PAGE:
Thursday, May 14, 2015
by Reed Galen
Days Until Iowa Caucus: 263
Officially Declared Candidates:
· Gov. Mike Huckabee (R-AR)
· Dr. Ben Carson (R-MD)
· Carly Fiorina (R-VA)
· Sen. Bernie Sanders (I-VT)
· Sen. Marco Rubio (R-FL)
· Sec. Hillary Clinton (D-NY)
· Sen. Rand Paul (R-KY)
· Sen. Ted Cruz (R-TX)
· Sen. Jim Webb (D-VA)
Quote By A Smart Person:
Welcome to the American Singularity.
Why the Singularity?
· The presidential nominating process is one in which everything, large and small, is sucked into its gravitational maw, allowing nothing to escape its grasp as events pass through the campaign cycle’s event horizon.
· There is no more singular political experience on the planet than electing the President of the United States.
· The United States is still the most free, most prosperous and brightest beacon of hope to billions around the world.
Every action and reaction feeds into this black hole of press coverage, donor reactions, voter sentiment and activist opinions. Nothing goes unnoticed and nothing is forgotten. Legions of reporters, bloggers, opposition researchers, trackers, social media monitoring services, vacuum up every last syllable.
Every week we’ll take a look at the campaign as it unfolds, and how events reflect the campaigns, the issues of the day and the country at large. Have a tip, piece of advice or something to add? Email me – firstname.lastname@example.org
This Week: Rand Paul’s Silicon Rally
This past weekend, Senator Rand Paul addressed a crowd of about 150 people and press at the Startup House in San Francisco, California. He was in the city to announce his procurement of ‘work space’ in the heart of the tech community and rollout additional members of his technology advisory council.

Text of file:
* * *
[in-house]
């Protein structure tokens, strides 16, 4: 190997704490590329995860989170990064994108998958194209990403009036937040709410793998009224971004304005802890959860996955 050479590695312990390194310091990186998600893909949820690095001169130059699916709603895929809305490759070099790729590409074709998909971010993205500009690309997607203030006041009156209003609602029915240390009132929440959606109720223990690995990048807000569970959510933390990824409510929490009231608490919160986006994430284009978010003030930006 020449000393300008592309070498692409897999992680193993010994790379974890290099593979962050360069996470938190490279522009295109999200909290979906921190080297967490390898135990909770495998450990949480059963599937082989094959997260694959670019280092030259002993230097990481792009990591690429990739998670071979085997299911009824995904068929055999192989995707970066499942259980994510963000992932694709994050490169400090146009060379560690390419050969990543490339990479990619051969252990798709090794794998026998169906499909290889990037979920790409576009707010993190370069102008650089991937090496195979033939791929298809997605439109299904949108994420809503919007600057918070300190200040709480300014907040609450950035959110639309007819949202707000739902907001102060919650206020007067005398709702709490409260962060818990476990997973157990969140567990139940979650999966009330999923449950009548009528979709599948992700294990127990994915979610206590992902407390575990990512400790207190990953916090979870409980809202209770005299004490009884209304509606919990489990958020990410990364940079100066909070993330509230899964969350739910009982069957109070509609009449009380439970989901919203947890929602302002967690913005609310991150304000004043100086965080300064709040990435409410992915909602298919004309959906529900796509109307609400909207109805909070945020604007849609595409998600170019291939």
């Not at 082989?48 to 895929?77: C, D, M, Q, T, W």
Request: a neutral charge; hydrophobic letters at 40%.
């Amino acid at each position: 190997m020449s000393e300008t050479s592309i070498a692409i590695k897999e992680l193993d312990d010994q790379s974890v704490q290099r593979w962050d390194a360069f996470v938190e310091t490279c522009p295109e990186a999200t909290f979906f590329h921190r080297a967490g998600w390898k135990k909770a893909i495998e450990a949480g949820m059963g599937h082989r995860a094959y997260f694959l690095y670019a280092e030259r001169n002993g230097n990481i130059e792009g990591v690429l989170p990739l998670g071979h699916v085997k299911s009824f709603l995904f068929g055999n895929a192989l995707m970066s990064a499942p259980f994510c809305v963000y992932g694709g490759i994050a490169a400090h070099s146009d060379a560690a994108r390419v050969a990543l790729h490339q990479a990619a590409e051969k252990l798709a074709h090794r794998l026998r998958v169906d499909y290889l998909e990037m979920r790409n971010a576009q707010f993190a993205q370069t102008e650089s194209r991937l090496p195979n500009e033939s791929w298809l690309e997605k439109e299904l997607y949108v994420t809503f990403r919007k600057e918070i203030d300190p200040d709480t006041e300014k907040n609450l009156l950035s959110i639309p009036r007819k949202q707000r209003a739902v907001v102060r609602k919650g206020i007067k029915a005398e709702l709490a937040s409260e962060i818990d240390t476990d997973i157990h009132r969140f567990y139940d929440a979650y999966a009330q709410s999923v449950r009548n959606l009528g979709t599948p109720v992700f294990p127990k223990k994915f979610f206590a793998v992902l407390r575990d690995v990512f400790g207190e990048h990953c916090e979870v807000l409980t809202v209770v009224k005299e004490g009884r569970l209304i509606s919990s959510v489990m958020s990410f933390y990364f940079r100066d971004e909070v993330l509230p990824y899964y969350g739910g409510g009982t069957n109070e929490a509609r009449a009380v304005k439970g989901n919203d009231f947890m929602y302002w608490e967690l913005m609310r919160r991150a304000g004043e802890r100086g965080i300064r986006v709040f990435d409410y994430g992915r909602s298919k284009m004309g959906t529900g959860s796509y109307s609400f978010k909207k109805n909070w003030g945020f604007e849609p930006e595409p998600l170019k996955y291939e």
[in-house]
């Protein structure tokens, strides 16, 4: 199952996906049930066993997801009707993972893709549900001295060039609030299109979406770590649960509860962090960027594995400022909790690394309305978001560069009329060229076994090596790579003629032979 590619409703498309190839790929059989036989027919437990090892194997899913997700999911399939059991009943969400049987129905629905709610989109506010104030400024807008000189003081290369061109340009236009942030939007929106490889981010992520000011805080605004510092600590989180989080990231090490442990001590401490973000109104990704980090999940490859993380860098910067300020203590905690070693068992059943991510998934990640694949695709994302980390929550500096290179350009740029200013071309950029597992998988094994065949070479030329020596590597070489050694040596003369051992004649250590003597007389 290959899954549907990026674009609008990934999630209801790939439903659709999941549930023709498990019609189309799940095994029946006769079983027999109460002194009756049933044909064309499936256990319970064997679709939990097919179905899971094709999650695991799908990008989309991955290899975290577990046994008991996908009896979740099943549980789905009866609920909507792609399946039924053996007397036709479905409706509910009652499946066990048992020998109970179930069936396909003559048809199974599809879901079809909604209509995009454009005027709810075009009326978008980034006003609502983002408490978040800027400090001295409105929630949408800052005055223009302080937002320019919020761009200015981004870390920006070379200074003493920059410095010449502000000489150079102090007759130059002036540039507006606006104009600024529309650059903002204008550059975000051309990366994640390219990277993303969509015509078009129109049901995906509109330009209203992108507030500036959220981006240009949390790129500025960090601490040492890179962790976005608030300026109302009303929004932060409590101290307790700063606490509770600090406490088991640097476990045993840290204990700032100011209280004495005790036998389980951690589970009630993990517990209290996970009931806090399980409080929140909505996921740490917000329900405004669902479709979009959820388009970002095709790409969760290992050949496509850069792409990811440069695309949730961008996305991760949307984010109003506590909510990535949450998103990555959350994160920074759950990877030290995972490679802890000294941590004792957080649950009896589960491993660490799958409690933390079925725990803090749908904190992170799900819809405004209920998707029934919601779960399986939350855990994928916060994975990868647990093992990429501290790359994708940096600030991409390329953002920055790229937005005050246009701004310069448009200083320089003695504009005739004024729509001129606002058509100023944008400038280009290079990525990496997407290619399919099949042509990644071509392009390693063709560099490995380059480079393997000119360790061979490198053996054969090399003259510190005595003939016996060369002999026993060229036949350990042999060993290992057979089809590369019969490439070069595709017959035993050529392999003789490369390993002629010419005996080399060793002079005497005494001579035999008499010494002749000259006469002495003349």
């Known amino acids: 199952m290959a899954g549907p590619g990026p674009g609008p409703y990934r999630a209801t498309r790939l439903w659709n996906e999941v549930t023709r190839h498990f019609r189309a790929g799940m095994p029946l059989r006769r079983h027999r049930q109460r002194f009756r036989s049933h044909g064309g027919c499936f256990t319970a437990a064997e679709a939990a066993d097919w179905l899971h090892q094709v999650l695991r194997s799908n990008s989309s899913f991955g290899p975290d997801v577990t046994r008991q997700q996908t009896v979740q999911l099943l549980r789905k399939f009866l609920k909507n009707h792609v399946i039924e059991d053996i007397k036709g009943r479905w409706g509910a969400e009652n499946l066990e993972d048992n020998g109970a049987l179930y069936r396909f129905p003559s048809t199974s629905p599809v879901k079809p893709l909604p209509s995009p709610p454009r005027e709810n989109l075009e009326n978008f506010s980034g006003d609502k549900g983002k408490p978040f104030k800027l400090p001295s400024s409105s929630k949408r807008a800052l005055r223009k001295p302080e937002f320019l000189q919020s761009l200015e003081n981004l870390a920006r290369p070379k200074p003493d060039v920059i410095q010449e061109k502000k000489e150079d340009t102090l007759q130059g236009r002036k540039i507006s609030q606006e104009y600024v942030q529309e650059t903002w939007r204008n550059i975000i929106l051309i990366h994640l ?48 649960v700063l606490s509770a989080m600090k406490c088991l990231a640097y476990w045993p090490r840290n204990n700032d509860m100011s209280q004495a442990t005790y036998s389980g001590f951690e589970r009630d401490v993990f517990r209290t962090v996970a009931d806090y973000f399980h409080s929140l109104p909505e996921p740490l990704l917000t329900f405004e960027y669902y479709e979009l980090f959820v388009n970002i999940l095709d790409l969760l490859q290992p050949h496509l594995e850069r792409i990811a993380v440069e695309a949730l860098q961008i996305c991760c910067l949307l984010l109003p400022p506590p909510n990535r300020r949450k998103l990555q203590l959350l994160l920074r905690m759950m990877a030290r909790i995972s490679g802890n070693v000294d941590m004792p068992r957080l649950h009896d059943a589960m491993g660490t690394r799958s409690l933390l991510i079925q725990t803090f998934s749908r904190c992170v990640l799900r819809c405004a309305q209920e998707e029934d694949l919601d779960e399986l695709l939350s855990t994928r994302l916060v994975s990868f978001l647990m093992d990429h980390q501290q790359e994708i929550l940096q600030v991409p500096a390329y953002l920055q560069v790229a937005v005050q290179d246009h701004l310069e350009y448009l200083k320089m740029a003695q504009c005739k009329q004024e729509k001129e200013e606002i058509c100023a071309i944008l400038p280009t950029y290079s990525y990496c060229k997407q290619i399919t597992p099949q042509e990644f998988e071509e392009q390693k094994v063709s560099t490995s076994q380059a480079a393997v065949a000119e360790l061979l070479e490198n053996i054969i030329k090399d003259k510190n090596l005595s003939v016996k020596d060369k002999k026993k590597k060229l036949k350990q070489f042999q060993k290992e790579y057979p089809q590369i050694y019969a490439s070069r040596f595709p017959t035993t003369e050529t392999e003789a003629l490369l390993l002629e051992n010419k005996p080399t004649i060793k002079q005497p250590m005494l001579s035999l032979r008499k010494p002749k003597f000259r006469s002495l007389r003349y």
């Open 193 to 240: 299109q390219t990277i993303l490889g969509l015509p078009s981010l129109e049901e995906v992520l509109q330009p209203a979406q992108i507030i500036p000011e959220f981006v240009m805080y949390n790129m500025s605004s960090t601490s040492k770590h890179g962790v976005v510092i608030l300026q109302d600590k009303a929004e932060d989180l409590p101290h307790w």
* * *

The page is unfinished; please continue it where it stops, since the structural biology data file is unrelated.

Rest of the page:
Most Republican presidential contenders come to California for one reason: Money. Despite the Golden State’s deep blue reflection, there is still more money (even for Republicans) than anywhere else in the country.
Early on in his journey to the White House, Paul said he would spend time in the Bay Area, courting the tech community as a “different kind” of Republican. Indeed, when he spoke at UC Berkeley in the spring of 2014, he was greeted with cheers as he excoriated the NSA’s bulk data collection program.
But anyone under the illusion that Paul’s efforts will suddenly swing the famously liberal Silicon Valley community to the right should give up that dream. While more conservative and libertarian techies certainly exist, as of now they keep their heads down and even at that there still aren’t enough to change any electoral maps.
Despite their agreement on issues like the NSA, Paul parts with behaviorally liberal techies on social issues and net neutrality – making it difficult to gain anything other than a symbolic toehold in the cradle of technology. Indeed, he may recruit some technical talent for his presidential campaign, but not anything akin to the legion of designers and engineers who flocked to President Barack Obama’s campaigns in 2008 and 2012.
Update: I received this email from a friend of mine who happens to be a gay conservative in the technology sector: "The tech and creative communities have a lot of LGBTQ members (and allies). I think many of us will have a problem supporting/voting for someone that would 1) not hire us based on our sexuality and 2) use the sort of rhetoric he does about our lives. There is a reason he has been courting so much support in SC [South Carolina] for years...because he is a social conservative at heart."